Here, Plaintiffs allege that “[b]ecause FM Global is both the administrator and the company employer that will be charged for paying severance” this creates a “conflict of interest” that should be a factor in granting additional discovery. Pls.' Mot. To Compel 16 [Doc. No. 27]. They further allege that disparate treatment of employees in the same situation, if proved, would likely reflect a benefits decision that was arbitrary, capricious, or an abuse of discretion and that basic facts known to FM Global could, if revealed, “show a history of biased claims administration.” Id. at 16, 17. The question is whether these claims go beyond mere allegations to make out a “threshold showing” that the denial of benefits was improperly influenced by the conflict of interest or record of bias. McGahey, 2009 WL 799464, at *2. The court finds that they do not.

Plaintiffs' suggestion that certain facts, if divulged during discovery, would show that they were improperly denied benefits is not sufficient to “overcome the strong presumption that the record on review [of an ERISA benefits action] is limited to the record before the administrator.” Liston v. Unum Corp. Officer Severance Plan, 330 F.3d 19, 23 (1st Cir. 2003). As in McGahey, Plaintiffs' contention that additional discovery is needed to show that there was a conflict of interest or disparate treatment of beneficiaries assumes its own conclusion. Instead, Plaintiffs must point to something in the administrative record which establishes a “very good reason” for supplementing discovery, such as a colorable claim of bias on the part of the plan administrator. Tracia v. Liberty Life Assur. Co. of Bos., 2014 WL 6485873, at *2 (D. Mass. Nov. 19, 2014). Plaintiffs do not dispute that comparator information was never sought or considered during the administrative process, see Opp'n to Mot. to Compel 6 [Doc. No. 38], and Plaintiffs have not demonstrated that they are entitled to supplement the record with that information now. Consequently, Plaintiffs' Motion to Compel Production of Documents is DENIED.

The court notes, however, that in its Opposition to Plaintiffs' Motion to Compel, despite its objections to Plaintiffs' discovery requests as beyond the scope of what is permitted in ERISA benefits denial litigation, Defendant represented to the court that it produced the documents it possessed in a good faith effort to resolve the dispute. Opp'n to Mot. to Compel 1-2 [Doc. No. 38]. Defendant asserts that it “searched for and produced documents and records within its possession” regarding “the nature and basis of FM Global's decisions to pay or not pay severance to . . . cafeteria workers and cleaning staff employees.” Id. at 3-4. Defendants also describe the relevant comparator categories as “dining, cleaning, and cafeteria workers.” Id. at 6. But the three categories of comparators identified by Plaintiffs are cafeteria workers, cleaning staff employees, and IT employees-not dining workers. Pls.' Mot. to Compel 2 [Doc. No. 27]. The court strongly encourages Defendant to voluntarily produce any document in its possession related to IT workers impacted by the same transaction as Plaintiffs, as it did with cafeteria and cleaning employees.

C. Plaintiffs' Motion for Additional Discovery

Plaintiffs' Motion [Doc. No. 36] seeks to reopen discovery to conduct four depositions, including a Rule 30(b)(6) deposition, and to serve five requests for admissions. Plaintiffs contend that additional time is needed because the discovery was delayed by the dispute over documents.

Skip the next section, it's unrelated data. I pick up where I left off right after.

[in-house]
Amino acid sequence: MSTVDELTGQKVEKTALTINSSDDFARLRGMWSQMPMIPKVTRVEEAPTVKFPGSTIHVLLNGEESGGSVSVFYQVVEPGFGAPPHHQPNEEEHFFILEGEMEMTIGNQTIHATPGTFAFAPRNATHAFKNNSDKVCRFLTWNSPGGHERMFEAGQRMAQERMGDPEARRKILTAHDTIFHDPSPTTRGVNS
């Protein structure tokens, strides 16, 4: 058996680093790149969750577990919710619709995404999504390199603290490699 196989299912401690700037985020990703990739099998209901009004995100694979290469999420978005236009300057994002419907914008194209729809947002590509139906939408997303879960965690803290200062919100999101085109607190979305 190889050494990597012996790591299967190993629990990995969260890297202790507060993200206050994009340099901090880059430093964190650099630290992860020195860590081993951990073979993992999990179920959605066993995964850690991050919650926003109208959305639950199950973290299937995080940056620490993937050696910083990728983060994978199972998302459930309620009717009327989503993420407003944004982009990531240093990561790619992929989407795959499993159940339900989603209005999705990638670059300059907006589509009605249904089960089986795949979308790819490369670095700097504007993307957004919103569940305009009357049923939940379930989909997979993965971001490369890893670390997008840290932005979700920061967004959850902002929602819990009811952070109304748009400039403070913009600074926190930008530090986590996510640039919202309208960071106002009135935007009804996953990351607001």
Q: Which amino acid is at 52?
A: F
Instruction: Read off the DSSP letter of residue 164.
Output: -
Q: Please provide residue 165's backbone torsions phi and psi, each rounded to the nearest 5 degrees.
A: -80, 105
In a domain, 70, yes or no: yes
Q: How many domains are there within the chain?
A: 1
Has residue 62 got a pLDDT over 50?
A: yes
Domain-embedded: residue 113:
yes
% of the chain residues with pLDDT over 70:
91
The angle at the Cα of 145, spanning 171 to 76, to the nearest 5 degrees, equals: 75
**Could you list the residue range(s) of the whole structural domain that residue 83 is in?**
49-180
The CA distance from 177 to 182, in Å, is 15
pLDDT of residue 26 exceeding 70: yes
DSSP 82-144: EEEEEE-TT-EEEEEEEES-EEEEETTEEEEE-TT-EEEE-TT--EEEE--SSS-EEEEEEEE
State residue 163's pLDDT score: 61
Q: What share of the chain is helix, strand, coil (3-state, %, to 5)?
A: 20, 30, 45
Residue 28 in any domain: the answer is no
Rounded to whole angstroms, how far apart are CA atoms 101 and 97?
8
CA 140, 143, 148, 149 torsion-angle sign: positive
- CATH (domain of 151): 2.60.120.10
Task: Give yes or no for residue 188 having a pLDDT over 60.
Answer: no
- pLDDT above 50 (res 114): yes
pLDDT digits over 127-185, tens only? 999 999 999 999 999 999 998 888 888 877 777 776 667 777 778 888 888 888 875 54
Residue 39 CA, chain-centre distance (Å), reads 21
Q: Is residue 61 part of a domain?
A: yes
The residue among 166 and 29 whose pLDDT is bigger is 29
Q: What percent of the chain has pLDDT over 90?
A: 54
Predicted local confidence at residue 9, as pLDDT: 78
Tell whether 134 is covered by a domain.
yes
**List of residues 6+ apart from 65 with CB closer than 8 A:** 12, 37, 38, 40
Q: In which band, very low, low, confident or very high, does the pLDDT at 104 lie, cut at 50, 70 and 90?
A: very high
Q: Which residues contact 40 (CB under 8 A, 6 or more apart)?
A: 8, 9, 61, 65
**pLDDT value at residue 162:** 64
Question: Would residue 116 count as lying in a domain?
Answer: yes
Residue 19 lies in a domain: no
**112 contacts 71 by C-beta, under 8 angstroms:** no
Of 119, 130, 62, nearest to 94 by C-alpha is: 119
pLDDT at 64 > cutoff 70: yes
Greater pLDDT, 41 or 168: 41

“Rule 16(b) requires that the district court enter a scheduling order setting certain deadlines, . . . [s]ee Fed.R.Civ.P. 16(b)(1). Those deadlines may be modified ‘only for good cause and with the judge's consent.' Fed.R.Civ.P. 16(b)(4).” Somascan, Inc. v. Philips Med. Sys. Nederland, B.V., 714 F.3d 62, 64 (1st Cir. 2013). Consistent with Rule 16(b), the procedural provisions set forth in the original scheduling order in part state that “[m]otions to extend or modify deadlines will be granted only for good cause shown.” Original Sched. Order 2 [Doc. No. 15]. “Rule 16's ‘good cause' standard ‘focuses on the diligence (or lack thereof) of the moving party more than it does on any prejudice to the party-opponent.” Somascan, 714 F.3d at 64 (quoting Flores-Silva v. McClintock-Hernandez, 710 F.3d 1, 3 (1st Cir. 2013)).

On June 22, 2022, the court granted the parties' first request to extend deadlines for fact discovery and depositions by 45 days. See Elec. Order [Doc. No. 17]. On August 12, 2022, the court again granted the parties' second joint request to extend the deadlines for all fact discovery by 60 days. See Elec. Order [Doc. No. 19]. Here, Plaintiffs have “failed to offer any persuasive explanation for [their] failure to complete discovery within the previously established time frame.” Vineberg v. Bissonnette, 548 F.3d 50, 55 (1st Cir. 2008).

Another consideration is “whether further discovery is likely to lead anywhere productive.” United States v. Sayer, 450 F.3d 82, 90 (1st Cir. 2006). As discussed, Plaintiffs have failed to make a threshold demonstration that they are entitled to any of the discovery they seek. Consequently, Plaintiffs' request to reopen discovery is DENIED.

III. Conclusion

For the foregoing reasons, Defendant's Motion to (1) Deem Request for Admissions Admitted; (2) Order Appropriate Discovery Sanctions; and (3) Foreclose Further Discovery or Modification to Scheduling Order (“FM Global's Motion”) [Doc. No. 24] is GRANTED IN PART and DENIED IN PART and Plaintiffs' Motion to Compel [Doc. No. 27] and Motion to Reopen Discovery For Limited Discovery and Extend Time for Plaintiffs' Responses and Answers [Doc. No. 36] are DENIED.


Summaries of

Bonomo v. Factory Mut. Ins. Co.

United States District Court, D. Massachusetts
Jun 9, 2023
Civil Action 1:21-cv-11750-IT (D. Mass. Jun. 9, 2023)
Case details for

Bonomo v. Factory Mut. Ins. Co.

Case Details


Court:United States District Court, D. Massachusetts

Date published: Jun 9, 2023


Civil Action 1:21-cv-11750-IT (D. Mass. Jun. 9, 2023)